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cheese here. but later the cheese dairy fell into disuse and the legacy was forgotten many of the village men left during the one nine hundred sixty s. and seventy's looking for work. but the women stayed and revived cheese production in the tradition of its pioneers. zoom run in or help to rebuild the old cheese dairy her husband has never hesitated to give her whatever support he can get. darling he said if you think you are up to this task and you believe in yourself then i believe in you to back you up. today forty six year old there is something like the villages cheese ambassador her husband helps out he admits that it's an unusual situation.
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our society has a very patriarchal structure the men make the decisions. opinion the women here the chief the place they deserve. the women of want to pay are selling their grubby year hand over fist they barely even felt the effects of turkey's economic crisis visitors. crowd into the village store but this isn't the only place to buy their cheese it's old all across turkey and even exported as far as hong kong detention center want to keep it we had twelve thousand visitors last year we're glad to have them because it promotes the development of our village. and it helps the women get a head. start. to this should set an example for rural areas in turkey the hinterland always gets left behind but as we can see women with creative ideas can change that. zoom right in there and seize off another bus load of visitors
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then she has to drive the cows out to pasture. the women of blighted pay may have most of the say but it looks as if they've also got most of the work. you know how i wonder would it feel to hear that you were drinking water is contaminated with arsenic well that is the fate of hundreds of thousands of people mainly in serbia but also in neighboring croatia and hungary arsenic in the bedrocks of those countries is exposed many towns and cities to potentially carcinogenic water supplies miroslav a zamboni is a mother who is terrified every time her children go anywhere near the tap water and to focus on europe visited her in the serbian town of their own yameen to find out why local authorities are doing so very little to protect her and others who fear for their future. judge shows what comes out of his
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tap at home just. a yellowish liquid can. i will of the review. here this is our tap water to fill up with as you can see it's yellow what you can't see is that it smells and tastes awful immunities. it's also highly toxic it's contaminated with arsenic up to twenty five times the maximum allowable concentration so the authorities declared the tap water off limits fourteen years ago but the town of said i mean doesn't have any other water every time it was lava sabo turns on the faucets the poison flows. in and. some by worry this is an enormous problem i'm even afraid to take a shower in this yellow water. she won't let her two sons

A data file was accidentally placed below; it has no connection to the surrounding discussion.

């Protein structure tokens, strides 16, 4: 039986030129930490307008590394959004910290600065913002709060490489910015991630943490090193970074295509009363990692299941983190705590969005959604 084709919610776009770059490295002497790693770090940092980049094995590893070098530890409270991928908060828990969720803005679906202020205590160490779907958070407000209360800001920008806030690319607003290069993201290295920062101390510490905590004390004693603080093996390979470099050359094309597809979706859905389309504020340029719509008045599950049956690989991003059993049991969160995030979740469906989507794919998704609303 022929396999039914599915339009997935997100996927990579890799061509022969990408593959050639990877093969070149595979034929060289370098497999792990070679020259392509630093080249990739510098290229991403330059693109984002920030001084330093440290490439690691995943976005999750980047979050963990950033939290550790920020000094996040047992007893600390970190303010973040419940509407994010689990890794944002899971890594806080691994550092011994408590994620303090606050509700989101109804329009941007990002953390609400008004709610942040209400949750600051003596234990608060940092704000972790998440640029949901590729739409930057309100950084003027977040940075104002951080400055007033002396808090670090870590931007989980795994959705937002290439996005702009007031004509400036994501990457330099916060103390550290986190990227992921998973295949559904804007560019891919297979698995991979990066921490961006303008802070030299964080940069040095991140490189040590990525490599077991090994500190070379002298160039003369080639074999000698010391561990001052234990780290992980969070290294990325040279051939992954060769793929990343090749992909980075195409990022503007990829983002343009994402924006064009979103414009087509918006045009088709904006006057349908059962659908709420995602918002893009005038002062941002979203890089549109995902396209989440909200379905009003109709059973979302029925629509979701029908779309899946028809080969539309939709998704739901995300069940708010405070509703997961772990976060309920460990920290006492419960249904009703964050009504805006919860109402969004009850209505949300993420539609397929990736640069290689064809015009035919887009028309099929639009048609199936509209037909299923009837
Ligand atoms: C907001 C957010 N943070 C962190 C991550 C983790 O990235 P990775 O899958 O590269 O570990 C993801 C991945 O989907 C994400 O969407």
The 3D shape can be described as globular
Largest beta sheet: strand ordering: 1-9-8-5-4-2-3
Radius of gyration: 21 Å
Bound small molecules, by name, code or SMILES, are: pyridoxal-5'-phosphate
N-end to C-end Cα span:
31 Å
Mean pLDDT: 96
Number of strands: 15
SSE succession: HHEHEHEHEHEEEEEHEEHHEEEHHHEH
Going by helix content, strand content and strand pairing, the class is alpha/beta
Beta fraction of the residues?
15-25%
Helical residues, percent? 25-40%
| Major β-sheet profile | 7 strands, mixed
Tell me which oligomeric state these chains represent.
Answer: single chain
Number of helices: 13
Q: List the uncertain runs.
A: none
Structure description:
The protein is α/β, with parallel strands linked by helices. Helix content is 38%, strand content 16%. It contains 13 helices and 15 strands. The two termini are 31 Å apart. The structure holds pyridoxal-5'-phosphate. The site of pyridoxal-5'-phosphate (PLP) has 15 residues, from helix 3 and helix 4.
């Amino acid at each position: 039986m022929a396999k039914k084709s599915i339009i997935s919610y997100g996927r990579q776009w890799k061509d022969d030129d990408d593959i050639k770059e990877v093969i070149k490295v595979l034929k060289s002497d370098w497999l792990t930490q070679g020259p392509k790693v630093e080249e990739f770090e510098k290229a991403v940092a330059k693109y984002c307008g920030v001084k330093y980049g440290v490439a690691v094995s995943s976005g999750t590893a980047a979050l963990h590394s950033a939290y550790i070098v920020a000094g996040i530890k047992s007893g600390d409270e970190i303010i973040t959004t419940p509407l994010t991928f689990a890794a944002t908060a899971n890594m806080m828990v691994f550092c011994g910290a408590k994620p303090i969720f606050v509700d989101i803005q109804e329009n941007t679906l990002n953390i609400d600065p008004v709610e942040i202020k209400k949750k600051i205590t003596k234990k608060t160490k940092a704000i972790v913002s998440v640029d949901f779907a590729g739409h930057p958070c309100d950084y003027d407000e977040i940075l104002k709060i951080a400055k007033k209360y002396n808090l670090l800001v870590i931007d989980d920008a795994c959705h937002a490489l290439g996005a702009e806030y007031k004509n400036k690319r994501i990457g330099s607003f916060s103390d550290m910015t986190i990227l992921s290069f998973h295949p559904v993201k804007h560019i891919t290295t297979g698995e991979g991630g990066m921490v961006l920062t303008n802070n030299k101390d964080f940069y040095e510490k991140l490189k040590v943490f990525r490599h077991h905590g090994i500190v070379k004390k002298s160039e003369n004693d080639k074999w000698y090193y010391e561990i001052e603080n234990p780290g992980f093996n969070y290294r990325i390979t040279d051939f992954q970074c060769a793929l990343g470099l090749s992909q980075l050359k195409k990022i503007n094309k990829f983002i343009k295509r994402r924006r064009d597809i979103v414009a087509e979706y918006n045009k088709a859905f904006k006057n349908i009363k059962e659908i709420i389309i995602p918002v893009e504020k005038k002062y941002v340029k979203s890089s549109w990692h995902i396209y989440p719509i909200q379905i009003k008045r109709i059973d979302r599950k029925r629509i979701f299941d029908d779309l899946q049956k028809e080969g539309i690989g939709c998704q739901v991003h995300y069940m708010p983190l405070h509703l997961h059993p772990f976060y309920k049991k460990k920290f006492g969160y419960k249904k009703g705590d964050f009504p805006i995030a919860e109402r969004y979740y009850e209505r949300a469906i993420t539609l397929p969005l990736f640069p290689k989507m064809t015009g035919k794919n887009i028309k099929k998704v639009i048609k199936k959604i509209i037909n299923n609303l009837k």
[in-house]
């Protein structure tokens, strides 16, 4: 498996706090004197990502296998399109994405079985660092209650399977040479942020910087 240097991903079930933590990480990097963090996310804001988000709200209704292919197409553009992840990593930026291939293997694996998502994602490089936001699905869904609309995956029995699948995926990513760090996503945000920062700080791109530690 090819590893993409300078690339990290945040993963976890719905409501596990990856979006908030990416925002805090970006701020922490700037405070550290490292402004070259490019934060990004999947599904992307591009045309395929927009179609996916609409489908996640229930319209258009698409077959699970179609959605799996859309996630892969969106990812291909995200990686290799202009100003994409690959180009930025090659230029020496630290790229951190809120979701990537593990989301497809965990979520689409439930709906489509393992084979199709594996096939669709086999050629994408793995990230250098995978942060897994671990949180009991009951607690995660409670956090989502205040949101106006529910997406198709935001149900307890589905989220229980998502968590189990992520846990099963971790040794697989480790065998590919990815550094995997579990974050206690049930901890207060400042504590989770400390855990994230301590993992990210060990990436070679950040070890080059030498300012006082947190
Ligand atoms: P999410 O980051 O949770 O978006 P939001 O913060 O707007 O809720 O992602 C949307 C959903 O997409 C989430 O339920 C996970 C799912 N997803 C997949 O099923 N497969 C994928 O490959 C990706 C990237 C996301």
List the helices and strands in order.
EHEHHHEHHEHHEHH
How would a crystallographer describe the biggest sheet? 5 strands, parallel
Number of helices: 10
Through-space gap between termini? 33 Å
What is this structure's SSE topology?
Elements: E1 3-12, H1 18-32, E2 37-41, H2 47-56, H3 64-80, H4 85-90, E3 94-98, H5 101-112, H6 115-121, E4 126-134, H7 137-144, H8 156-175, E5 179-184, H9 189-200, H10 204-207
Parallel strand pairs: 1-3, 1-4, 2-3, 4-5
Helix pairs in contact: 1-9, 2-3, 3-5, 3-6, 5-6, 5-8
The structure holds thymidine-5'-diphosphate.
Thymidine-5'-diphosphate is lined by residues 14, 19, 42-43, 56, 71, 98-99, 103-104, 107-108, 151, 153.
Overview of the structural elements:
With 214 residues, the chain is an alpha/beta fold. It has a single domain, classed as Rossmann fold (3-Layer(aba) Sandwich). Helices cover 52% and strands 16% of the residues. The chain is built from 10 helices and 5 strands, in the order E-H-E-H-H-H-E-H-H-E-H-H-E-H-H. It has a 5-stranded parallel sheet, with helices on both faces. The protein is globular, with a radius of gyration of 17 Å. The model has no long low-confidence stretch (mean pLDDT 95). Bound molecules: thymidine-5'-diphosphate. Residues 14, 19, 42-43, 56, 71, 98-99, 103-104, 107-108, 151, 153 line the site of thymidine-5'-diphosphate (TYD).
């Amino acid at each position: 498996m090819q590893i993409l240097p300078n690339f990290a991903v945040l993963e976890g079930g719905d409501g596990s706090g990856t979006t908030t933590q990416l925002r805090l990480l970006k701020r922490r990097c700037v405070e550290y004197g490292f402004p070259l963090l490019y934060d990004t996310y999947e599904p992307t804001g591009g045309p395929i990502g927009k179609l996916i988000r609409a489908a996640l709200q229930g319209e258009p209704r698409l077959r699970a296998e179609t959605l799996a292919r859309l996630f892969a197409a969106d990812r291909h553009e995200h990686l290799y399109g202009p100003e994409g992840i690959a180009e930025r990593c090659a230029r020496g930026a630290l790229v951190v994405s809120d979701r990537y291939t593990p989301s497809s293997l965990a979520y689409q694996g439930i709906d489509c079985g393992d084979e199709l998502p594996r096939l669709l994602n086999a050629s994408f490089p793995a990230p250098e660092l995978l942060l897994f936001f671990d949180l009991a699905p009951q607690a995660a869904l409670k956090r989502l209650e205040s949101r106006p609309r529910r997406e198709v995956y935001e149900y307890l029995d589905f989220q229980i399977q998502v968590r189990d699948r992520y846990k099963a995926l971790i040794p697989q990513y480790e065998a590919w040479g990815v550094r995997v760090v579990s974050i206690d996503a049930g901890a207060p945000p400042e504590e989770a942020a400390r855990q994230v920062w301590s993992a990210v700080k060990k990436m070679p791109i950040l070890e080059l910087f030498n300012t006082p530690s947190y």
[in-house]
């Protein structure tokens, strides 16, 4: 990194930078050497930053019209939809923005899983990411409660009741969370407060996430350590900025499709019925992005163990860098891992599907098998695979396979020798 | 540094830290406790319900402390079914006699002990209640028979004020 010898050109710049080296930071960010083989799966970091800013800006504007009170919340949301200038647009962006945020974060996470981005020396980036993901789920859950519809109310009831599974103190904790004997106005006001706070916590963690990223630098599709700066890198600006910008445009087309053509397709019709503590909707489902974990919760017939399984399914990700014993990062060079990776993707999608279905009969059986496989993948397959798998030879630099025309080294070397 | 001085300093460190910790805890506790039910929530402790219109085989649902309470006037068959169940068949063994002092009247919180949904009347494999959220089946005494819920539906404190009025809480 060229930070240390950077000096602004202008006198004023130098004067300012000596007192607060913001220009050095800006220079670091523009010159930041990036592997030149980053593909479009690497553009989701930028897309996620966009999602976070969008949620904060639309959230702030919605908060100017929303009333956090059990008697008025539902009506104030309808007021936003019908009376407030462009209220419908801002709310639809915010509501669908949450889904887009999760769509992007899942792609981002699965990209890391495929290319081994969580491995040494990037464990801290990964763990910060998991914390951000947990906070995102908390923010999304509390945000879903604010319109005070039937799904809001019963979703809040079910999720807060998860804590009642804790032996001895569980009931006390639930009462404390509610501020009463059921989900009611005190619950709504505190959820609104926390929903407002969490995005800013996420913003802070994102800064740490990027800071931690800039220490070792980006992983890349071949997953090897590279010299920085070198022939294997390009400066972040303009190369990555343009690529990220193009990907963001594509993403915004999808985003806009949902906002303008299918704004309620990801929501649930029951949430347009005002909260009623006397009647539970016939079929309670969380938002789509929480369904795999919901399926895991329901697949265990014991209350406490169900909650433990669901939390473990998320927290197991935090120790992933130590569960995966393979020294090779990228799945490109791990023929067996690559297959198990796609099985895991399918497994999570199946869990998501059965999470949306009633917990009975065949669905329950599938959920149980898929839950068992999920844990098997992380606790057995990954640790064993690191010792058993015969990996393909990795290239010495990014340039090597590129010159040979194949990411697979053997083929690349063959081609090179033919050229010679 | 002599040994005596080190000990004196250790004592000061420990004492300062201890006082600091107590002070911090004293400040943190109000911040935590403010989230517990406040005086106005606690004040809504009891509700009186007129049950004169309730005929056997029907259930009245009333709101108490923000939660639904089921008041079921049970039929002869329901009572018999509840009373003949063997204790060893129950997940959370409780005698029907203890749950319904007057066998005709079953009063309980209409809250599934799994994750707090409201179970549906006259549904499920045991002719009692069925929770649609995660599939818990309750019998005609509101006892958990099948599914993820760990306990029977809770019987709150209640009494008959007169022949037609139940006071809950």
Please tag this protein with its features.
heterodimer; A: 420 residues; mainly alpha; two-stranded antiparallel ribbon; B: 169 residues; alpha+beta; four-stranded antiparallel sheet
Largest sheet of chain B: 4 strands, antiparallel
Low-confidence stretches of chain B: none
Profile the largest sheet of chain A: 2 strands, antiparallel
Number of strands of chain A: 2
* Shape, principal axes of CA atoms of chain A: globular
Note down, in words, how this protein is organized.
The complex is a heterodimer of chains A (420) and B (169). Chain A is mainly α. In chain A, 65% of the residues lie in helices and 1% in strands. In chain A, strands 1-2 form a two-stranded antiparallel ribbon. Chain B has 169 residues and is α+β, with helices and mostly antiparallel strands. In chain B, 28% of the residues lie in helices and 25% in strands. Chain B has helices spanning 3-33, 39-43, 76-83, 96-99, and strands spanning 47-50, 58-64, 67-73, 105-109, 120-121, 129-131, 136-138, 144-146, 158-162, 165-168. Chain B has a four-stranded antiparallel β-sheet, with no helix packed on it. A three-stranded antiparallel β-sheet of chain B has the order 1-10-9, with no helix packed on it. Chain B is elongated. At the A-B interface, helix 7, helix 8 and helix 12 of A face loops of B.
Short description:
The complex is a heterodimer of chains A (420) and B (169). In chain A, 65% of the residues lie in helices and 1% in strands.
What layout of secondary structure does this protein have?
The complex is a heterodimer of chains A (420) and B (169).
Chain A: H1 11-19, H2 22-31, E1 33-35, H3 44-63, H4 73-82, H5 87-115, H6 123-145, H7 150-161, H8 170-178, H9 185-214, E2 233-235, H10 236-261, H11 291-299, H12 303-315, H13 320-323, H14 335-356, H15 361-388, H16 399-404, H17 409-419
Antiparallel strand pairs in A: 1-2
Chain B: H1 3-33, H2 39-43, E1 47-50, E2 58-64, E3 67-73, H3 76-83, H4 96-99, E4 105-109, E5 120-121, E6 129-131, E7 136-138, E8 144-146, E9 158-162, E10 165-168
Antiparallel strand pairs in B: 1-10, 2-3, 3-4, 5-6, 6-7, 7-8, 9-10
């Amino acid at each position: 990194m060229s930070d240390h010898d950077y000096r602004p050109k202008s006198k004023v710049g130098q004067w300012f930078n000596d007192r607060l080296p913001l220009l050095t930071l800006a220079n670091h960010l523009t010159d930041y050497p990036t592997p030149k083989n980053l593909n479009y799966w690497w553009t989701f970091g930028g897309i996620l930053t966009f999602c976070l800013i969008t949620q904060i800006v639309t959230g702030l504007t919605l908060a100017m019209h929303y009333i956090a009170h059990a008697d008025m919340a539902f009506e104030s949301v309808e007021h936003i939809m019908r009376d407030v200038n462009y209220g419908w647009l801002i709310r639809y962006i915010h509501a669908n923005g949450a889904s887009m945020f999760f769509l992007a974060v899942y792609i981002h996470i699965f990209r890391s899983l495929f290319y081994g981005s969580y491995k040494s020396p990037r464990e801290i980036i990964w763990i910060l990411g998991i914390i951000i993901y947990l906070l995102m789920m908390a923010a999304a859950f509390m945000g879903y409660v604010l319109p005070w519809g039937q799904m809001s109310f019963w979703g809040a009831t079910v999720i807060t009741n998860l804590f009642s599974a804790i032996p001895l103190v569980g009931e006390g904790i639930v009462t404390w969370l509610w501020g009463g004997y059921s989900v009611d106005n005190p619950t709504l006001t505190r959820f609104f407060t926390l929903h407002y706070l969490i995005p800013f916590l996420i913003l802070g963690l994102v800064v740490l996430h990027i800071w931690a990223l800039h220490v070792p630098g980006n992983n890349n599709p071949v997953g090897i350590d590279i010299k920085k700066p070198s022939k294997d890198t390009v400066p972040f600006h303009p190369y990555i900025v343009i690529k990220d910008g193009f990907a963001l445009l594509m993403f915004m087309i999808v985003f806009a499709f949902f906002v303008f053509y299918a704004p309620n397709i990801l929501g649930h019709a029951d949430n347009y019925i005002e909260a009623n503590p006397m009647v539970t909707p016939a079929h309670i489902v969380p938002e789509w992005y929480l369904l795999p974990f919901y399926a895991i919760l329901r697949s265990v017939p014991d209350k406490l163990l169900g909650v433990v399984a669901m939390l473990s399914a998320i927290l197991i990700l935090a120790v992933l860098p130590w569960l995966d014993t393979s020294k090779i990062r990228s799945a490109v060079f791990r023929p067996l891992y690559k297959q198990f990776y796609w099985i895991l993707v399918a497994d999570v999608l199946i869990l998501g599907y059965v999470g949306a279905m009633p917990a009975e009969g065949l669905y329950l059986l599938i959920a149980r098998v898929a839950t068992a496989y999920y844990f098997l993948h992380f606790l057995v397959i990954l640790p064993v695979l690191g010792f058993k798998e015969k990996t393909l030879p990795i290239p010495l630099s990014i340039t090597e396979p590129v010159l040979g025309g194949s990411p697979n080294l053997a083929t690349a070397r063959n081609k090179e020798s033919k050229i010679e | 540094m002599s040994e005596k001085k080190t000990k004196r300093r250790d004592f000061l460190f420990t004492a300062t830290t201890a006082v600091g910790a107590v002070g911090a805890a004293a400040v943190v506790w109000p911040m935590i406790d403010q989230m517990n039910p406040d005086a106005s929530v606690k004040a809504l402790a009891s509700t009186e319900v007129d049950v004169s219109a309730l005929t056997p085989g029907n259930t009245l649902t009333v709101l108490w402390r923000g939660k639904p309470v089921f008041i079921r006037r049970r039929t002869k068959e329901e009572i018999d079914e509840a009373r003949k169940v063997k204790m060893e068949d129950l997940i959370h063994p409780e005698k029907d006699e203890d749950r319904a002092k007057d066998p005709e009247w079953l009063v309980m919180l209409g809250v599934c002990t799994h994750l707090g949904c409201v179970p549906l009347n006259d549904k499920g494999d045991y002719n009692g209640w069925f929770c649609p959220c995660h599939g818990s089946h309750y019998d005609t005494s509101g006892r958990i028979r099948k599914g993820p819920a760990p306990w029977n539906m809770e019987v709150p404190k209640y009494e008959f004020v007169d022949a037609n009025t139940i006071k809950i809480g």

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drink the water the family has a water cooler but that's expensive the people of sudan yameen spend up to one third of their income on water. some eight hundred thousand people in the region are affected. arsenic occurs naturally in the water here says. an expert on water purification sometimes the concentrations exceed thirty times the allowable limits . of the rectum arsenic can cause skin cancer directly. as well as prostate and lung cancer and so on. another potential hazard has yet to be proven and we think it can harm future generations as well. nobody really knows how much harm it could do so far no studies have been done on the toxic waters effects and the authorities hardly seem interested in finding that out. i proposed an epidemiological study like would be done
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anywhere else in the world to find out how many people have been sickened by the water. but the authorities wouldn't do it. will not sit by and take it anymore she and other townspeople gathered in front of town hall carrying jugs of yellow water. the city government won't accept any other criticism. from everywhere. in the city of new ninas tried about twenty pilot projects to set up a high quality water purification fortunately without success. this shows that it's not at all easy to deal with this problem. some are just disagrees his citizens initiative has been looking for solutions for years. and then switching to the well i don't think the authorities are even interested in solving the problem they use it to bring in financing for all the
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various pilot projects with people. one project the water factory was built by private investors years ago it only operated for a few days then the city remembered the water supply is a public not private matter now the city's taking over the plant for a hefty price. response kept it to a second concept of the focused very skeptical because we don't yet know if this plant is even suited to purifying this water. but we do know that it doesn't have the capacity to supply water for around seventy thousand residents. this if you know that's not an eco so far says no engineer from the local water works has been allowed to inspect the plant yet professor tells us he offered the city a water purification facility years ago that was big enough to supply the entire region. small crack that with support from the european eureka project we developed